How to Prevent Birds From Eating Young Plants
Birds are observant, smart and hungry. Especially during drought conditions and times when food is hard to find, birds of many species hone in on the tender, nutritious, sprouted seedlings in gardens. Some of the culprits are jays, crows, thrashers, sparrows and blackbirds. The only sure-fire prevention for bird damage of young plants is a physical barrier that keeps birds away from the plants. Other methods aren't reliable. They may work for a while, but then they fail.
Built especially to deter birds, bird netting is a woven product that usually is available in several mesh sizes. Made of strong, lightweight polypropylene, the netting needs to be held above the plants with a framework such as arches of flexible, 3/4-inch-diameter polyethylene irrigation tubing. Otherwise, birds reach through the netting and peck the plants, or they sit on the netting, which makes it cave inward and prevents it from protecting the plants.
Six-foot-long pieces of irrigation tubing can be bent into arches, or hoops, to make a bird netting framework support that is about 4 feet wide. You can adjust the framework's size to fit your space by making the pieces about 2 feet longer than the planted row is wide. Space the arches about 3 to 4 feet apart along the row of young plants, burying the arches' ends about 4 inches deep in the soil. Driving a 1-foot-long wooden stake 6 inches into the ground alongside each arch end and fastening each stake to its arch stabilizes the arches. After stretching the bird netting over the framework, anchor it to the ground with rocks, bent wire or long, wire landscaping staples. So the netting doesn't sag or slip on the framework, hold it in place by clipping it to the structure with clamps or fastening it with pieces of wire. Cover the ends of the structure securely. When seedlings are 6 to 8 inches tall, they don't seem as attractive to birds, and you could remove the netting then.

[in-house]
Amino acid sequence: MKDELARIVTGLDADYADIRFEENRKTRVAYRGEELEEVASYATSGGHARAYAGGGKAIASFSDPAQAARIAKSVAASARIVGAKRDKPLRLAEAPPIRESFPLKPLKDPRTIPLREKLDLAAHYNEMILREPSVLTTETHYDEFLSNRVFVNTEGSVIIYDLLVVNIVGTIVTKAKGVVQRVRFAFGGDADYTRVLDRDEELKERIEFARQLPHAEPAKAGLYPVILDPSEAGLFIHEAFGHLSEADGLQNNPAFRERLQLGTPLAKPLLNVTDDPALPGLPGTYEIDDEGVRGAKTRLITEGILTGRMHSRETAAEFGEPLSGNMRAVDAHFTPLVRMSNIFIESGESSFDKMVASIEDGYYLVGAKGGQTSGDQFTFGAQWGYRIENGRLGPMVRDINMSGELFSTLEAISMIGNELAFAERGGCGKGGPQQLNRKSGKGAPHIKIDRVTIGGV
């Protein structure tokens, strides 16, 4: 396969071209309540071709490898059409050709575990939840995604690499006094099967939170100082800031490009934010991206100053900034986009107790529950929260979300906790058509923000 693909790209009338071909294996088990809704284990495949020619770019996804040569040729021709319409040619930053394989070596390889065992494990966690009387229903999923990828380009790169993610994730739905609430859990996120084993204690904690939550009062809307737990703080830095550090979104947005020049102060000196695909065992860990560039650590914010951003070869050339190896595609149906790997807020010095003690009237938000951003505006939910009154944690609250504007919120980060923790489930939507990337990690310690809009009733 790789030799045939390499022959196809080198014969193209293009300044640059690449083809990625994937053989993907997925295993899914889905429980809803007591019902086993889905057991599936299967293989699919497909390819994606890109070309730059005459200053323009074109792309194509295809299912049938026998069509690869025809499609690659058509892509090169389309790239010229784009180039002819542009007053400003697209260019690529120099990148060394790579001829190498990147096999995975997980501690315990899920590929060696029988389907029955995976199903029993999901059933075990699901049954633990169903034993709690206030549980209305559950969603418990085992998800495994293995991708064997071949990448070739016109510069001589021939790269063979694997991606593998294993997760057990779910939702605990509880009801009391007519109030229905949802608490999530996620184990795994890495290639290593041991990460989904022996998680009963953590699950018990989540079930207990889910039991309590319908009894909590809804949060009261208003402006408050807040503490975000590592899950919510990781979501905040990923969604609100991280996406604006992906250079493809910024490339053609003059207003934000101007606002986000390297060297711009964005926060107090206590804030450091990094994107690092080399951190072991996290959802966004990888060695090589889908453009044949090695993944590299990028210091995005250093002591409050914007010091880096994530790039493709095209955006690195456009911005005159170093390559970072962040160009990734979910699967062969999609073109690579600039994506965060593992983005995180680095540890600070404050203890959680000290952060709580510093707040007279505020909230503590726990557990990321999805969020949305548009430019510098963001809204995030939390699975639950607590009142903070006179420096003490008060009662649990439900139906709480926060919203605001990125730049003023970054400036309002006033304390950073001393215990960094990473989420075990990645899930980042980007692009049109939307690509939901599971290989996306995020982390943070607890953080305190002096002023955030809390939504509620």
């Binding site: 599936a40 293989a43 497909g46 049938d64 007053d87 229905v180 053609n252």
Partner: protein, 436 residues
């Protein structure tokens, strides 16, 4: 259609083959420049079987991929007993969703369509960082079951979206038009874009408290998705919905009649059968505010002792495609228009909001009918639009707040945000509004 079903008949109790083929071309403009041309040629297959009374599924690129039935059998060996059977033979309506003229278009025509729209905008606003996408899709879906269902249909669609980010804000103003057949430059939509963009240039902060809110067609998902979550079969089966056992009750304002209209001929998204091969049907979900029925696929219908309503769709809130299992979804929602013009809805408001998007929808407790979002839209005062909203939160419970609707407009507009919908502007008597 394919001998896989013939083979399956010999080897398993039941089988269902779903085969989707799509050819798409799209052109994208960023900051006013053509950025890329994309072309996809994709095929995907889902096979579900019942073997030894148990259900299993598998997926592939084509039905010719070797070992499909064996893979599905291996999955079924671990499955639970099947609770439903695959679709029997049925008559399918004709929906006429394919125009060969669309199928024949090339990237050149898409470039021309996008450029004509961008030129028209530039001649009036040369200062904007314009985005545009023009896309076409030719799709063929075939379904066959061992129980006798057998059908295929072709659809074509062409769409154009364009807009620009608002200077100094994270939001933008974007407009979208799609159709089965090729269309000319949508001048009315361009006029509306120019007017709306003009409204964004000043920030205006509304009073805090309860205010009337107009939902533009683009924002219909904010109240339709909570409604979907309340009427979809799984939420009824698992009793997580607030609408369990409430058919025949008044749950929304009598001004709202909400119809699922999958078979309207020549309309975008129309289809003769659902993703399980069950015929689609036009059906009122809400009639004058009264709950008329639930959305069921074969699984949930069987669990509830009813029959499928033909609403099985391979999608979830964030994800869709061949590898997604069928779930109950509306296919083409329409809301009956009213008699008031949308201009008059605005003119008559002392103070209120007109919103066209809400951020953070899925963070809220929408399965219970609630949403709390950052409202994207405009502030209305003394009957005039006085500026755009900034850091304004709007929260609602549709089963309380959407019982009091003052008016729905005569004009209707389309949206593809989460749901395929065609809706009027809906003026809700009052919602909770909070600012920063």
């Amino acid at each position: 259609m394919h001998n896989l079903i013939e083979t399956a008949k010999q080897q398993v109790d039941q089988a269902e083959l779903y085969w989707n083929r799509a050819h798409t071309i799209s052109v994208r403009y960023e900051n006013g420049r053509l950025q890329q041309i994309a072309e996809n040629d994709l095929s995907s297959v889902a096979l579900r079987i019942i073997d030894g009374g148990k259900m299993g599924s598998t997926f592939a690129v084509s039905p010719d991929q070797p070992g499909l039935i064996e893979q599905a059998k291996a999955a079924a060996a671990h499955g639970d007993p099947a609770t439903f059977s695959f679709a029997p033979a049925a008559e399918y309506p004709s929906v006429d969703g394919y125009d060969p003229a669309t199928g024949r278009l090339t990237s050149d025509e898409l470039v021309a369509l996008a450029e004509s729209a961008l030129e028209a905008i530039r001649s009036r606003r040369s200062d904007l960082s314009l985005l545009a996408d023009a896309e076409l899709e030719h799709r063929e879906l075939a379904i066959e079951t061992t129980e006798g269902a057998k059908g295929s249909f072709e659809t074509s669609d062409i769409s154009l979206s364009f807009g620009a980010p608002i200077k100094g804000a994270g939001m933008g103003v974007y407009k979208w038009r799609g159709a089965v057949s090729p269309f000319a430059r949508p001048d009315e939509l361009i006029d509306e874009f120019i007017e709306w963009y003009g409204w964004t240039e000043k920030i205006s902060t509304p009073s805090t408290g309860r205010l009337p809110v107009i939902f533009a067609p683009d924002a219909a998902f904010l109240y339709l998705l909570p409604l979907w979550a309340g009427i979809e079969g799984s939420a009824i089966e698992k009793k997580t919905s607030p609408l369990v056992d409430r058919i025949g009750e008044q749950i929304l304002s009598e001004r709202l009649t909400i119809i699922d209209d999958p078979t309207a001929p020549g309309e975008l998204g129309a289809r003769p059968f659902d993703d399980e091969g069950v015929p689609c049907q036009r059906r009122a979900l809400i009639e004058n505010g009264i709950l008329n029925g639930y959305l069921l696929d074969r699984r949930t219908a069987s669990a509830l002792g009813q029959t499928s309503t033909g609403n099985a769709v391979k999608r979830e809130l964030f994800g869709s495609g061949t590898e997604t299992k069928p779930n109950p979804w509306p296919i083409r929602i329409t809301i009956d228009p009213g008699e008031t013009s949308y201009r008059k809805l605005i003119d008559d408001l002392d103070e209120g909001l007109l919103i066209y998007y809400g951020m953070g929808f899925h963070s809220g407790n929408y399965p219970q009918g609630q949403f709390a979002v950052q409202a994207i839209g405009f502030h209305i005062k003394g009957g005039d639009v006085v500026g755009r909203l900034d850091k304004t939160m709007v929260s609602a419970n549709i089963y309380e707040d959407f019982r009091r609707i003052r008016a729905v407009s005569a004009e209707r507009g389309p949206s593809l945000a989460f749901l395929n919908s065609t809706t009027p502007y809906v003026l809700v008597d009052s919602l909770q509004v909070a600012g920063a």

Other Physical Barriers
Other materials such as chicken wire and non-woven row covers also prevent birds from eating young plants. Like bird netting, they need to be held away from the plants by a framework and be held against the soil so birds can't go under their edges. Use a fine-mesh chicken wire so that small birds such as sparrows can't go through the material's holes. The edges of chicken wire can be buried in the soil. Row covers do double duty, keeping birds as well as damaging insects away from plants.
Models of birds' natural predators, such as owls and snakes, can be put in the garden to deter birds. The models have to be moved to a different position every day or so, however, to be even minimally successful. The same applies to scarecrows. Birds soon figure out that these objects aren't alive or a threat and ignore them. Scarecrows, though, can be enjoyable for you as a kind of garden art.
Moving or Noisy Objects
Moving objects that reflect light, such as strips of aluminum foil, pieces of aluminum pie plates and compact discs, may repel birds temporarily when those objects are suspended from nylon fishing line. Flags that flutter in the breeze, pinwheels and balloons also can deter birds for a while. Birds become accustomed to the motion and reflected light, however. Some gardeners play a battery-operated radio in areas they don't want visited by birds, and others insert empty soda bottles into the soil with the bottles' lips 2 inches above the soil line. As the wind blows over the bottles' openings, it creates a sort of whistle that can deter birds.
- Easy Garden Projects to Make, Build and Grow; Barbara Pleasant
- Mother Earth News: Protect Summer Crops from Birds and Sun with Garden Netting
- Renee's Garden: Protecting Your Young Seedlings with Bird Netting
- New Mexico State University Extension and Outreach: Southwest Yard and Garden, March 31,1997
Cathryn Chaney has worked as a gardening writer since 2002. Her horticultural experience working in the nursery industry informs her garden articles, especially those dealing with arid landscaping and drought-tolerant gardening. Chaney also writes poetry, which has appears in "Woman's World" magazine and elsewhere. Chaney graduated from the University of Arizona in 1992 with a Bachelor of Arts in English.